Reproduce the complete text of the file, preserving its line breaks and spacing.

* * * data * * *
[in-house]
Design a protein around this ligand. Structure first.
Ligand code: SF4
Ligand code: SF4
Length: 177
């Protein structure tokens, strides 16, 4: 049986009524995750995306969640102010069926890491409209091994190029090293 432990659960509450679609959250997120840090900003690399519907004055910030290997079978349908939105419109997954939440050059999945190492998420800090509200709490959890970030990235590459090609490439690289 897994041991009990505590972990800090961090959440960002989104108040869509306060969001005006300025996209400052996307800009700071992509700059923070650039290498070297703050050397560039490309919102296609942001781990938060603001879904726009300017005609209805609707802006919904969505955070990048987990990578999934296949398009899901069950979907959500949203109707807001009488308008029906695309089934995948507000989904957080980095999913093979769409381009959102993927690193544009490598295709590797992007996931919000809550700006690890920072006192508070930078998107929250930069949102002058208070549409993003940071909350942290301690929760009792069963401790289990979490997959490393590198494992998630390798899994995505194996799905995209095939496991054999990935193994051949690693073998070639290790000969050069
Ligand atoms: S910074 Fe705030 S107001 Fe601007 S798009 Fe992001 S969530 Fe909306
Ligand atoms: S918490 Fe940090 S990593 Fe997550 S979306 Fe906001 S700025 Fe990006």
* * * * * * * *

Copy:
[in-house]
Design a protein around this ligand. Structure first.
Ligand code: SF4
Ligand code: SF4
Length: 177
């Protein structure tokens, strides 16, 4: 049986009524995750995306969640102010069926890491409209091994190029090293 432990659960509450679609959250997120840090900003690399519907004055910030290997079978349908939105419109997954939440050059999945190492998420800090509200709490959890970030990235590459090609490439690289 897994041991009990505590972990800090961090959440960002989104108040869509306060969001005006300025996209400052996307800009700071992509700059923070650039290498070297703050050397560039490309919102296609942001781990938060603001879904726009300017005609209805609707802006919904969505955070990048987990990578999934296949398009899901069950979907959500949203109707807001009488308008029906695309089934995948507000989904957080980095999913093979769409381009959102993927690193544009490598295709590797992007996931919000809550700006690890920072006192508070930078998107929250930069949102002058208070549409993003940071909350942290301690929760009792069963401790289990979490997959490393590198494992998630390798899994995505194996799905995209095939496991054999990935193994051949690693073998070639290790000969050069
Ligand atoms: S910074 Fe705030 S107001 Fe601007 S798009 Fe992001 S969530 Fe909306
Ligand atoms: S918490 Fe940090 S990593 Fe997550 S979306 Fe906001 S700025 Fe990006």